(A few weeks ago in Boston I met Nate Waters, who plays soccer for Principia College in Illinois, near St. Louis. He told me he was catching a few matches in Brazil, and I said I was extremely jealous. I was curious what a college player would find interesting about being at the World Cup and made him promise to write. He wrote two lovely pieces that were well received by readers. Here is his final report.)
By Nate Waters
Great athletes say that when their feet cross the line, they jog onto the freshly cut grass and glance down at the name on their chest. Nothing else in the world matters. They’re required to forget about what happened the previous day. Everything pauses, because nothing is bigger than the next 90 minutes. After traveling down the coast of Brazil and attending three World Cup matches, it seems as if the country has paused to enjoy watching the Seleção attempt to sew a sixth star into Brazilian soccer history.
Attending the World Cup is like no other trip I could imagine. Each corner is equipped with street stands selling jerseys, every park is packed with people cheering for their home country, and the taxi drivers couldn’t be more busy. It’s an atmosphere of excitement, passion and patriotism. I was caught up in the magic of it all.
Every activity was determined by the games being played that afternoon. We weren’t sure if we should visit the Christ the Redeemer statue because the United States was playing Portugal that night. Waiters brought out food and drinks only during commercial breaks and halftime. And I quickly realized that sporting the canary yellow Brazil jersey was the safest choice one could make while cruising through Rio de Janeiro.
While being swept up in the awesomeness of crossing the street into Copacabana Beach, you would not think to look down and notice “Go Home FIFA” stenciled into the crosswalk, as if it was included when the streets were first painted.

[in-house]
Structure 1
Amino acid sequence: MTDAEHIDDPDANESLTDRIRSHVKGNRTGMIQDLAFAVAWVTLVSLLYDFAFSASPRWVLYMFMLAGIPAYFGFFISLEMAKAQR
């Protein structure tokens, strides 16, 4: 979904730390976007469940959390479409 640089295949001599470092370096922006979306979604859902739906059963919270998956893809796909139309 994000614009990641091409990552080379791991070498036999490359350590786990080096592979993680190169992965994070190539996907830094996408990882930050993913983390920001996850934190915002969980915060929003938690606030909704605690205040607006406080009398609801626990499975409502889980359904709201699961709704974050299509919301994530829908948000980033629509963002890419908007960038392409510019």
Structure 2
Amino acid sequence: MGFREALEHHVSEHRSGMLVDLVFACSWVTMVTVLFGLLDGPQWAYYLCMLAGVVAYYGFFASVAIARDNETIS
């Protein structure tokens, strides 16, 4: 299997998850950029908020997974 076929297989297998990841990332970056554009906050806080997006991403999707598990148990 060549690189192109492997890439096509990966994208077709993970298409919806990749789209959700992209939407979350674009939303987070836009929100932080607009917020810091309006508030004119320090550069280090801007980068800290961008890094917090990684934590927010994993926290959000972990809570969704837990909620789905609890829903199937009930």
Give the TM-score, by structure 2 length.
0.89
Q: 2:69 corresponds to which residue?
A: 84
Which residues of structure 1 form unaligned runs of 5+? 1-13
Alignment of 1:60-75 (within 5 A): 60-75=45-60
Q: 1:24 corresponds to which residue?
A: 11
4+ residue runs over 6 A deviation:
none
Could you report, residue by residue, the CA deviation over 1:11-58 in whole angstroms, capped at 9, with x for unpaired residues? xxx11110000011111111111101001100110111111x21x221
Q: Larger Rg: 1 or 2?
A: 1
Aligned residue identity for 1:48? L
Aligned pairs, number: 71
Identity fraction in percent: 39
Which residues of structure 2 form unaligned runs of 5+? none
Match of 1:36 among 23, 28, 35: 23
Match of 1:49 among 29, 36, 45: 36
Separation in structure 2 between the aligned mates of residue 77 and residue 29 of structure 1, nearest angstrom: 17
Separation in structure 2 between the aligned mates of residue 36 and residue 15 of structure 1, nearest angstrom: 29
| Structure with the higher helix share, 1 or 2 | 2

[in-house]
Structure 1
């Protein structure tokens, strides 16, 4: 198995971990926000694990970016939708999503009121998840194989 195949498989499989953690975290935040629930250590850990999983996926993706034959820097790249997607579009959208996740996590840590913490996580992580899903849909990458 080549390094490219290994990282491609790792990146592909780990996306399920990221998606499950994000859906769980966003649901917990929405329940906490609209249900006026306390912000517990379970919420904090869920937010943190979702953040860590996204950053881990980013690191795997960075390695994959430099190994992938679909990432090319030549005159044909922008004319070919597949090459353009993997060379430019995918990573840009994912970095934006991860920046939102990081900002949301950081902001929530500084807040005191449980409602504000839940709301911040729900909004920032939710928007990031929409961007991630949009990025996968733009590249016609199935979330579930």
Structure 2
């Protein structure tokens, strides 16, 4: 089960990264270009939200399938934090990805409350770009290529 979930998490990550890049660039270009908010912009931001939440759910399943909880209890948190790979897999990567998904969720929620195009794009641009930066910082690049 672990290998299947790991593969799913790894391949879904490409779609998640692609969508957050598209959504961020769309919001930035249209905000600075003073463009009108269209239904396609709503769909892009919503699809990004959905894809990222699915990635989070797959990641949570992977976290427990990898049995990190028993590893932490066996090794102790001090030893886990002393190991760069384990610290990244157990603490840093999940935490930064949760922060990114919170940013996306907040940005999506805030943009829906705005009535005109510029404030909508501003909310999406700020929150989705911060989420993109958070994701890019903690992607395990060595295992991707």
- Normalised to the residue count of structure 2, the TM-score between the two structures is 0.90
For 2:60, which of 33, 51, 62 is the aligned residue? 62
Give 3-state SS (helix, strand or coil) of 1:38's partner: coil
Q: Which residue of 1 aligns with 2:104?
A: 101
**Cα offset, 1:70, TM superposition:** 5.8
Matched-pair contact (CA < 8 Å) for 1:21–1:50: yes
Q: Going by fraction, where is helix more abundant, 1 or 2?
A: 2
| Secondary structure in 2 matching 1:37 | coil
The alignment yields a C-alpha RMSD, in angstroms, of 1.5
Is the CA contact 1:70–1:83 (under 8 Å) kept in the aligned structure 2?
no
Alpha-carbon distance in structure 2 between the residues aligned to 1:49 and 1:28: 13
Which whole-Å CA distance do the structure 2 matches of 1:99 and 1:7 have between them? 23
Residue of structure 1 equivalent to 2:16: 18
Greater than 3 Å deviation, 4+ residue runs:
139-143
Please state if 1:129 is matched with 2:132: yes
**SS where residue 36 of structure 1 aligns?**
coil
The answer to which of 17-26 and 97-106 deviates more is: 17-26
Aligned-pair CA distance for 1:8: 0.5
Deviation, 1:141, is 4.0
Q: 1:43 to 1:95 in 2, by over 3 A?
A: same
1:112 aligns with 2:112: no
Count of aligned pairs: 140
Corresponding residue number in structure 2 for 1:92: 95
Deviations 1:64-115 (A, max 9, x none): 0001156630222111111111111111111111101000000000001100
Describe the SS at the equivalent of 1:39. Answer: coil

However, thousands pass by each day glancing down at the bitter reality that this World Cup has brought to Brazil. The tourists probably never noticed the fare increase for the Metro or that the Brazilian workers outside the stadiums have “Volunteer” printed on their official shirts because FIFA does not pay most of its employees. The only concern was to arrive before kickoff and be squished with 10,000 other fans on the burning sand to watch the game in the FIFA Fan Fest.
Brazil is caught up in hosting the World Cup, and the riots seem to have been overshadowed by a 22-year-old striker with a crazy Mohawk and four goals for his country. Maybe it’s Neymar or simply the amount of tourists that outshine all of the problems we read about before, but the Brazilian dream of playing futebol on the beach and enjoying the breathtaking beauty all seemed to be true.
I watched the Brazil-Cameroon game with a Brazilian family in São Paulo, and following Neymar’s second goal, they all cheered, calling him the best player in the world. I laughed for a second and questioned if they truly thought he was better than Messi or Ronaldo or Van Persie, even referencing other great Brazilian players like Ronaldinho. I honestly had never seen such confusion before as I was almost asked to leave the room and find a different place to watch the game.
It’s true—nothing is bigger than soccer in Brazil. It’s their culture. It’s what unites the country. It’s the beautiful game.
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(In case you missed, here are Nate Waters’ two earlier pieces. I just want to add how happy I am for him that he produced these three articles. Good luck, Nate.)
“They may hate the cultural context they now find themselves teaching in, but they love their work. The Achilles’ heel of schoolteachers, one all too easily exploited by politicians, is that they love their students.”
(One of the best reads in the NYT these days is Margaret Renkl, in Nashville. In her latest post, Renkl describes the dedicated core of “born teachers” – the majority, she submits.)
(From Madeleine Albright in one of her final interviews in February):
“Putin is small and pale,” I wrote, “so cold as to be almost reptilian.” He claimed to understand why the Berlin Wall had to fall but had not expected the whole Soviet Union to collapse. “Putin is embarrassed by what happened to his country and determined to restore its greatness.” – Former Secretary of State Madeleine Albright, recalling her first meeting with the relatively unknown Vladimir Putin in 2000. – The New York Times, Feb. 23, 2022.